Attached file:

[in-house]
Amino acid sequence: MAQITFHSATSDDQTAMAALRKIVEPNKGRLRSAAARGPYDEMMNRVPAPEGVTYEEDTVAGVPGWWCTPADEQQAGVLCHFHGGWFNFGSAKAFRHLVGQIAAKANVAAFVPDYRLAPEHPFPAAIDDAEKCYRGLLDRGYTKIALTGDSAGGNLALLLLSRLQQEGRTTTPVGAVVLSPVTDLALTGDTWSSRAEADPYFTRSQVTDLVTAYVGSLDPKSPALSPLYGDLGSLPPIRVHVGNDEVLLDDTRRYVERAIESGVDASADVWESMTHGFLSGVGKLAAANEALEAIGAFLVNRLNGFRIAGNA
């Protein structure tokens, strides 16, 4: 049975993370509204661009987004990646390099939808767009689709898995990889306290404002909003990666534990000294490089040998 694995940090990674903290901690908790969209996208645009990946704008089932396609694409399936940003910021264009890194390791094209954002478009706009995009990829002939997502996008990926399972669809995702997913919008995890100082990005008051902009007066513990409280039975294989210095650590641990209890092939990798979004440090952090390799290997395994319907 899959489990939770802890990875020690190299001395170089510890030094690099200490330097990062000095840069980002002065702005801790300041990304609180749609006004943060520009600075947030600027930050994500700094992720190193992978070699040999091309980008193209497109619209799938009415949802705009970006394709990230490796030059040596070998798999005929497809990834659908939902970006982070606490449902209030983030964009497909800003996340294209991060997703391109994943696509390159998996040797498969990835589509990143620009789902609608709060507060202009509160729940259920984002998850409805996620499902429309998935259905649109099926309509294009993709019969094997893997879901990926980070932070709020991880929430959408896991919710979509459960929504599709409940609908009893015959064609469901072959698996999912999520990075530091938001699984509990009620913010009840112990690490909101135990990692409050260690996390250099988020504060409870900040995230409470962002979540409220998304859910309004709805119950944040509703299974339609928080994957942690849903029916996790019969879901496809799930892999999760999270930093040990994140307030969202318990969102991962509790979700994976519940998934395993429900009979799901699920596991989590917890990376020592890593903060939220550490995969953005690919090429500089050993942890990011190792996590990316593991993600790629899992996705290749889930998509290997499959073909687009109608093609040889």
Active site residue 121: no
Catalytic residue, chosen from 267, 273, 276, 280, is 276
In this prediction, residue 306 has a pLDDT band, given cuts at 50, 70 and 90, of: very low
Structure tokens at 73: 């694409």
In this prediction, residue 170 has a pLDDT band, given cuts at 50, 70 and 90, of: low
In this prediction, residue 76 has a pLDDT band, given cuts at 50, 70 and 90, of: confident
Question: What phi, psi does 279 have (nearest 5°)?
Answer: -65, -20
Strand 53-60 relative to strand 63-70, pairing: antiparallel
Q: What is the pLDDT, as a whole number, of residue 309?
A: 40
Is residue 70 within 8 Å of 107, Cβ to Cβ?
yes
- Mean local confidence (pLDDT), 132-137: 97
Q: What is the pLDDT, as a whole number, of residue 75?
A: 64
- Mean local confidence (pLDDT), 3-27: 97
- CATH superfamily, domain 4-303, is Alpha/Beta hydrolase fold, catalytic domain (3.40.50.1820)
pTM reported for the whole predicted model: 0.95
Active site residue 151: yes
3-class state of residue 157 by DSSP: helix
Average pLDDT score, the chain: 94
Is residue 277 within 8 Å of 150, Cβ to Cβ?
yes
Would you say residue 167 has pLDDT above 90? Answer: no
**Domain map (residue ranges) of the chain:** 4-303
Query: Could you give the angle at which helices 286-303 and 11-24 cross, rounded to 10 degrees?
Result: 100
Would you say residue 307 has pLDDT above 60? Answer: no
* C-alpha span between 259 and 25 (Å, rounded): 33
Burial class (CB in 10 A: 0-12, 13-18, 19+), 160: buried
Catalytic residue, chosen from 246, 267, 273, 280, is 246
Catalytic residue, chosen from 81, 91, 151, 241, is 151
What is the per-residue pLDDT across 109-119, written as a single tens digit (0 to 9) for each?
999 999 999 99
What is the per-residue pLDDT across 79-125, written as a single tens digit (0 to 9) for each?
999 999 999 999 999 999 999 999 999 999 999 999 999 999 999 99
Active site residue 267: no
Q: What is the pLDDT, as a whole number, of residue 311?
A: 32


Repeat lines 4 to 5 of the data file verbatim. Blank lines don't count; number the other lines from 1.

Active site residue 121: no
Catalytic residue, chosen from 267, 273, 276, 280, is 276